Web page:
Thursday, August 18, 2011

up, up, UP!

Now that Alli has mastered the art of pulling herself up on anything that she can grab (and some things she can't grab that well), she just wants "up". She hasn't started saying "up!" yet (I know it's coming), but she's to the point now where she realizes how much nicer it is up off the floor. Even though she's just over two feet tall, life is much better up there than it is when you're six inches off the floor crawling everywhere. It's really not so much that she wants to be picked up and held, but more so that she just wants to be up and moving around.

When she's at home with Mommy B on her days off, that's all she does... just crawls to the nearest piece of furniture, large toy or human leg and immediately uses it to stand herself up. Of course, the only problem is that she's stuck there once she stands up... unless she's standing against the front of the couch or bathtub - in which case she shuffles herself along the side like a tightrope walker. If she wants to get somewhere, she has to lower herself back down and crawl to her destination.

When she first started pulling herself up on things, it was a two-handed, hanging-on-for-dear-life type deal. She would stand there looking around, but never let go of whatever it was that was holding her steady. Now, she resorts to the one-handed, holding-my-other-hand-out-so-you-can-tag-me-like-we're-in-a-WWF-wrestling-match pose. You know, kind of like you did as a kid playing tag but didn't want to let go of "base". This is a good thing because it means she's gaining more balance and is more steady on her feet.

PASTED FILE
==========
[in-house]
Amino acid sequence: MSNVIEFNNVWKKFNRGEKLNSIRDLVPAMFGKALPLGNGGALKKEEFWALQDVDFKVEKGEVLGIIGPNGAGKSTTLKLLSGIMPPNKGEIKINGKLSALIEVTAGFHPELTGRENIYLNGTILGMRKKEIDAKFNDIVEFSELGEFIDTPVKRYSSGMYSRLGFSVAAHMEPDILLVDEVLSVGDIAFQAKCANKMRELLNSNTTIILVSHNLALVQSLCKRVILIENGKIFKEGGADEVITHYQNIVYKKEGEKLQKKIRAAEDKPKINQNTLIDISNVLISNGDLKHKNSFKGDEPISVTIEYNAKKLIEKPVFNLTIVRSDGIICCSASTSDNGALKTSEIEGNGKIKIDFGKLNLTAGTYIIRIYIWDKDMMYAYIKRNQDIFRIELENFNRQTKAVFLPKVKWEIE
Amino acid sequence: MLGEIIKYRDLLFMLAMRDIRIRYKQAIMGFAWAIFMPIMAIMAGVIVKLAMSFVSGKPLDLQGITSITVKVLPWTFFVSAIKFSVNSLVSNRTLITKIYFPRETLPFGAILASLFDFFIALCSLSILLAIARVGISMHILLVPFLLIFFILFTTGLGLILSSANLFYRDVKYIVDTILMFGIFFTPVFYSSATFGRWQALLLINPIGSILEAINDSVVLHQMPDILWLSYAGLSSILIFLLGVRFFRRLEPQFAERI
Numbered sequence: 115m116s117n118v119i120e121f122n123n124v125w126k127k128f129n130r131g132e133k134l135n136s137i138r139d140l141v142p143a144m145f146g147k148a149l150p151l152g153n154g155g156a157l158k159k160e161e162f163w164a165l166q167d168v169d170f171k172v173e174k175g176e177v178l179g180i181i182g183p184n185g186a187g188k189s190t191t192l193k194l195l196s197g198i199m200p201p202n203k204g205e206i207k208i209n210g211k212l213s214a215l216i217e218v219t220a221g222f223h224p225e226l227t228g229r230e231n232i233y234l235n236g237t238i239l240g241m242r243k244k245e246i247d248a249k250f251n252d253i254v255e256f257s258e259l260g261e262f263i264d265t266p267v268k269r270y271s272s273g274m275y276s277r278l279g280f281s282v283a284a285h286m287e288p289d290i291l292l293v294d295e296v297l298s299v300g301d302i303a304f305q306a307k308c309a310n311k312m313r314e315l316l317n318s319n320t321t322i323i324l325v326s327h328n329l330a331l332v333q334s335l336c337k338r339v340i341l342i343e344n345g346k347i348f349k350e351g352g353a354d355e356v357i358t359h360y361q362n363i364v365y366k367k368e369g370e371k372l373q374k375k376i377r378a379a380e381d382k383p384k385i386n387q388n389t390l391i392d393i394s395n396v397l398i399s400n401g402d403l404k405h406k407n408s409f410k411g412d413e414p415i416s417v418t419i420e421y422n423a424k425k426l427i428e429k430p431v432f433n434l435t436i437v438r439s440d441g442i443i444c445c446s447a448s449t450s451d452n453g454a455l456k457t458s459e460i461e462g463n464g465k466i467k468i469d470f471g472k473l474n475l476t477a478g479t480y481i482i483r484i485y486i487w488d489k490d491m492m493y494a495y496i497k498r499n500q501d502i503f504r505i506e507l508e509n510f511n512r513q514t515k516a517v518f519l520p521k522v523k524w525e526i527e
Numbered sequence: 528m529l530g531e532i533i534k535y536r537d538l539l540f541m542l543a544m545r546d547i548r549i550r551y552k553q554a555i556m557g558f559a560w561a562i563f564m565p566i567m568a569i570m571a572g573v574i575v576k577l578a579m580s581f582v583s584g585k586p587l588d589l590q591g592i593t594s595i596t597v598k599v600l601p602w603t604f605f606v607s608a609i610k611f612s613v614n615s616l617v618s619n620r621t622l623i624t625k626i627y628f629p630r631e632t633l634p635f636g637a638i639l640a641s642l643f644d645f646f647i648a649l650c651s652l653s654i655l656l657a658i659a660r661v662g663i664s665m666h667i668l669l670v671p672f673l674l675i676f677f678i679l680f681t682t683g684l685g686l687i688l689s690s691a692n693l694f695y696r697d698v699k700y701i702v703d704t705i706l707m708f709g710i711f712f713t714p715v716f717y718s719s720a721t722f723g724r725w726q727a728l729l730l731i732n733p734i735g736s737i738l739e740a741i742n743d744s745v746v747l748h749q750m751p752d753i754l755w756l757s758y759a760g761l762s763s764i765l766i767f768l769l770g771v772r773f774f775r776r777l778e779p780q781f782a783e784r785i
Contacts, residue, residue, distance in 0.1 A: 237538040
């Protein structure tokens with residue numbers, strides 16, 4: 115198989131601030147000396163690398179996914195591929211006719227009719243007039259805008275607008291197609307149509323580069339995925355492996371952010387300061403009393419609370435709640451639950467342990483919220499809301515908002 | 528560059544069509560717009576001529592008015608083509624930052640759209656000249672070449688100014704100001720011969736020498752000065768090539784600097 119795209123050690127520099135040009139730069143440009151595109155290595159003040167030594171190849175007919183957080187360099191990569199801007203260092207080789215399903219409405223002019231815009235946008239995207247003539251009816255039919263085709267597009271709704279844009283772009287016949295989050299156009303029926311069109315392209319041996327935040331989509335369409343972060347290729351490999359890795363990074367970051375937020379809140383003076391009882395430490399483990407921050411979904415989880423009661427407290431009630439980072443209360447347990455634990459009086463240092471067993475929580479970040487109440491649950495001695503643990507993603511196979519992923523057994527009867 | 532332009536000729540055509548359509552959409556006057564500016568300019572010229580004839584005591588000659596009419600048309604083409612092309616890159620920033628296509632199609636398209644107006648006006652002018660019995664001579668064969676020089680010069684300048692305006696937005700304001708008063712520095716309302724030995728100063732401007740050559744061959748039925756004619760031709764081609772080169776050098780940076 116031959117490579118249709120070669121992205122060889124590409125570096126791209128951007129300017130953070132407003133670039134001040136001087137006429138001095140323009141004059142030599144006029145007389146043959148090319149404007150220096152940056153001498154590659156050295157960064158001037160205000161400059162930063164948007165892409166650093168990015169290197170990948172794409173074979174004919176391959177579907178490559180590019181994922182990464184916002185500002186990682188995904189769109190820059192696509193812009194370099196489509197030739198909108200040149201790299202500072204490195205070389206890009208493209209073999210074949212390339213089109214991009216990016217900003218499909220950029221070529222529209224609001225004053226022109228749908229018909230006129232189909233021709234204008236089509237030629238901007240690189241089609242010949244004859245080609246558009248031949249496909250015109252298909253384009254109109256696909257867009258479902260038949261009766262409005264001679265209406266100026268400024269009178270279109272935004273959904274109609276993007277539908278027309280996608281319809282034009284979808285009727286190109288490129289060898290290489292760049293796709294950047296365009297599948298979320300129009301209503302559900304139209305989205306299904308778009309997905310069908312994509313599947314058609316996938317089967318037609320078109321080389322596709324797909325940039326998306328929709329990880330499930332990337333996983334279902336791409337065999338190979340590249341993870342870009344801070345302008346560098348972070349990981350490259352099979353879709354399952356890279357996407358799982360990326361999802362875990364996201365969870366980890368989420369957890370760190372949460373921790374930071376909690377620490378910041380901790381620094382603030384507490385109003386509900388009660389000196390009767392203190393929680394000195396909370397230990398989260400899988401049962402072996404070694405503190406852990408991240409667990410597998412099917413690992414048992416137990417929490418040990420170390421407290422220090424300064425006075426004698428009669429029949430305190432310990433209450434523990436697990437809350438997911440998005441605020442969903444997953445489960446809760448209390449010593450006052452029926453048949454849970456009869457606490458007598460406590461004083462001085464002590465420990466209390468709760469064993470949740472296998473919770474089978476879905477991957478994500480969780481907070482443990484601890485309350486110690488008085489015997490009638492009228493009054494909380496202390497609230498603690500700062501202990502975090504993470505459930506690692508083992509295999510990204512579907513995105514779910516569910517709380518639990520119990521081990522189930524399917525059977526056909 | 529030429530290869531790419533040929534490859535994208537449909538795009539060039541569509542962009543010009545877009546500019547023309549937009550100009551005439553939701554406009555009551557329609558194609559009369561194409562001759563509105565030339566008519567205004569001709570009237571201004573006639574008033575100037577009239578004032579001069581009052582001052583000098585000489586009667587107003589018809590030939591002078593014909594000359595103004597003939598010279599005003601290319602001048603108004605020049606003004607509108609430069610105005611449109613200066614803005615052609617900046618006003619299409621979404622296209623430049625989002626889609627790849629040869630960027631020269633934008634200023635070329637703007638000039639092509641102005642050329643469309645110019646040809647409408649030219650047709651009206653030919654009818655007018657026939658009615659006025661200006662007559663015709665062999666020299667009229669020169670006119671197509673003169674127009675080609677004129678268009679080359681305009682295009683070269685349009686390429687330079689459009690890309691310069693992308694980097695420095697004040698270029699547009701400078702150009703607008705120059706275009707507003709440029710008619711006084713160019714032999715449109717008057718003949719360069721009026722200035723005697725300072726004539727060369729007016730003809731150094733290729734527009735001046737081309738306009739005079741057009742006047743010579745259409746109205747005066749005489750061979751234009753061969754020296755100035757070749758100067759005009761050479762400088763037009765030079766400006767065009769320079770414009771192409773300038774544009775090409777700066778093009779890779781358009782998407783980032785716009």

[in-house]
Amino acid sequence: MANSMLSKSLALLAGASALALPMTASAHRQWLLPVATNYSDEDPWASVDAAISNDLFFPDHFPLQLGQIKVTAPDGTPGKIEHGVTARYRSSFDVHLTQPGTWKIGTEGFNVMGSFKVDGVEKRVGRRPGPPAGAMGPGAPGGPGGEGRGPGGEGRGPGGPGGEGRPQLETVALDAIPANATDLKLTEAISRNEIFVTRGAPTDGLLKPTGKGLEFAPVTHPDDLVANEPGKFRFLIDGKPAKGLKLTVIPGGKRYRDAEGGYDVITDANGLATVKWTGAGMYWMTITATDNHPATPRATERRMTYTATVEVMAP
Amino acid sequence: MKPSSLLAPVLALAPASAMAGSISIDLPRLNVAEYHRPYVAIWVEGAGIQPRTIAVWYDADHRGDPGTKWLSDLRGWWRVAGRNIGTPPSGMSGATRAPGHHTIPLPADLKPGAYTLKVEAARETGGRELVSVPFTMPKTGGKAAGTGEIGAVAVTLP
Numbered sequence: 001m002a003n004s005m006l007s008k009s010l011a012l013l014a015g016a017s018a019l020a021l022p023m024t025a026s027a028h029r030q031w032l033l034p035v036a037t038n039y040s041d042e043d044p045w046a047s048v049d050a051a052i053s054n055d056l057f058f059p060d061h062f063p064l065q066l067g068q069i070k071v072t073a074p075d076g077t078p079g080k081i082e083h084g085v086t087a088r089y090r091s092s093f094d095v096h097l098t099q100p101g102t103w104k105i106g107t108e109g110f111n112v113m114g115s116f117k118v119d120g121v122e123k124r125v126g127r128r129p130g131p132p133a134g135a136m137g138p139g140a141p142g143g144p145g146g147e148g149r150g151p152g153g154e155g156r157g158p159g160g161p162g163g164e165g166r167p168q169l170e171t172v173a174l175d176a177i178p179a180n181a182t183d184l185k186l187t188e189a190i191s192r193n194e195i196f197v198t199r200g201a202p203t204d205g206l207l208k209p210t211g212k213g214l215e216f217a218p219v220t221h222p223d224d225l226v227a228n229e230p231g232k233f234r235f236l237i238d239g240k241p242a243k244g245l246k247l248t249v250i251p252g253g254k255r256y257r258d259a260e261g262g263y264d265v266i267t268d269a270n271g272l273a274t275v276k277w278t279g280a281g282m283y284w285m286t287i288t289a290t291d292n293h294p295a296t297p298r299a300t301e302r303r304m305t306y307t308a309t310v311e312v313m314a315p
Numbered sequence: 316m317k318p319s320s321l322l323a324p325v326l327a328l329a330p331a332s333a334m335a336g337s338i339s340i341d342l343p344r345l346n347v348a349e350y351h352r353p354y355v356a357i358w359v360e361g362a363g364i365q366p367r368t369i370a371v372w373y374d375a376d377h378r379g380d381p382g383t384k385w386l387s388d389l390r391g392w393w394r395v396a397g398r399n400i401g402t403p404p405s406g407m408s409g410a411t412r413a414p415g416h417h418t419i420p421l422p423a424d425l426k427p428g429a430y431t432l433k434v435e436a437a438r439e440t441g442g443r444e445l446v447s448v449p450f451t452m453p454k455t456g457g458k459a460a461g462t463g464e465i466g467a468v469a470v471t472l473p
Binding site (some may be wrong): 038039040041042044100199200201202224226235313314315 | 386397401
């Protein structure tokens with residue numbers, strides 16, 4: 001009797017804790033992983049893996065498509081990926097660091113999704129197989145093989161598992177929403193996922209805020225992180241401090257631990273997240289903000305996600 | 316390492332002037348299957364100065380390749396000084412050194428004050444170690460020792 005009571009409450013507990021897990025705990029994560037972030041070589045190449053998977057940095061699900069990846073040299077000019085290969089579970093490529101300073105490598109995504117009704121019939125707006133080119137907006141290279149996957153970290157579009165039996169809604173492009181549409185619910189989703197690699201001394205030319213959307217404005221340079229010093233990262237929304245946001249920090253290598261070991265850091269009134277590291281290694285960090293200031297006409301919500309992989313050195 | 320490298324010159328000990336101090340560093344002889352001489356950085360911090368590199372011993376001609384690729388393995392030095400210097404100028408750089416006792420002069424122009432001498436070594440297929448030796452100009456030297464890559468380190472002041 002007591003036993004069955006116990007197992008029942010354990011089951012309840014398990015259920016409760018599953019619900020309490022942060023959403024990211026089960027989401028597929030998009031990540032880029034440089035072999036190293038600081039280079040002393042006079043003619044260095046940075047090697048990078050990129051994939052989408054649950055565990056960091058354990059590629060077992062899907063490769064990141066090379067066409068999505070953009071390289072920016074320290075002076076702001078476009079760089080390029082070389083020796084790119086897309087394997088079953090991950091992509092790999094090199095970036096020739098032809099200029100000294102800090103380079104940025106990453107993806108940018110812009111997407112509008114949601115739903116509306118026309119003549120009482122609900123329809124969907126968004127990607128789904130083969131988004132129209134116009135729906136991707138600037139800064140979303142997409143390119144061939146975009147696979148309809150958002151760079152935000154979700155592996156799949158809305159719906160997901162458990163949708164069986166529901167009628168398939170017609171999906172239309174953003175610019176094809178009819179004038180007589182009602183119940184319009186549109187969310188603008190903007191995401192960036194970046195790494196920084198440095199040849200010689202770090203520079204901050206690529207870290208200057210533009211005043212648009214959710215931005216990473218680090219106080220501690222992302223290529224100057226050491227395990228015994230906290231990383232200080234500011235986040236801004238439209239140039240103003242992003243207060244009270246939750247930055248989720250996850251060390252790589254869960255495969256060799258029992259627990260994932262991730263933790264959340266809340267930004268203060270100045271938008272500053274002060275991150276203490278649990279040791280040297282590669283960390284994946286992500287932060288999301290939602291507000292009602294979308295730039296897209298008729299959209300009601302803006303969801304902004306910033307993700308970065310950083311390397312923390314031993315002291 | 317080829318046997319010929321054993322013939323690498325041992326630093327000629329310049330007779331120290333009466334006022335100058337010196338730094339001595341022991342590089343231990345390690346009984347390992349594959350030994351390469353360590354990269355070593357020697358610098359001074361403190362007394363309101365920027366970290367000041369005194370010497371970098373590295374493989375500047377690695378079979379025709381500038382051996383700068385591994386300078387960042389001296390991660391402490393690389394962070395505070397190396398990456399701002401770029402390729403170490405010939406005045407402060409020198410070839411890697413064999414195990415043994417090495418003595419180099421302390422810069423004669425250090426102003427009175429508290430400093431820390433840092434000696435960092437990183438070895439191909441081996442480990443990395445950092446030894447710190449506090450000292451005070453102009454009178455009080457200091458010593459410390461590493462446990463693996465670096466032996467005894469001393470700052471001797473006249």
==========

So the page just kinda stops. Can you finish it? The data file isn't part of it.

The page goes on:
Yesterday, I actually caught her free-standing for about three or four seconds while she was trying to eat her plastic phone. She did great for a few seconds, but then she realized that she wasn't holding onto anything to keep her steady and it was down to the butt again. I know that in time those few seconds will become a few minutes - and it'll be game over after that. I can already tell that she's a curious little one and that once she starts walking on her own, I'm going to be in big trouble.

Either way, she just wants to be up and moving all the time now. She has reached that awkward phase where she wants to be able to walk, but hasn't put it all together yet. She went through the same phase before she started crawling, and now it's happening again. I hope for her sake that she ends up with her grandparents' genes and is tall, because I think she likes how things look from up there.

Wednesday, August 17, 2011

Hair patterns

To say that Alli's hair has changed a lot throughout her nine months would be an understatement. We were in shock when the labor and delivery nurse said that our baby had a lot of hair... both Eric & I were both pretty bald babies, so we weren't expecting much. What we got, was this lil girl with a head full of dark brown hair...

Alli coming home from the hospital, 1 day old
The nurse had said it would probably all "fall out" and change color... we were skeptical, but as the months went on, we noticed our little girl going through some stages of funky balding patterns...

Alli 3 months

Alli 3 months

Alli 5 months

At one point, she looked just about bald... and we could tell there was other hair growing in, and it was super tow-head blond...

Alli 7 months
And now, these last 2 months, the blond has really started coming in...

Alli 8 months

Alli 9 months
We're pretty anxious to see what she'll look like with more hair as it continues to come in...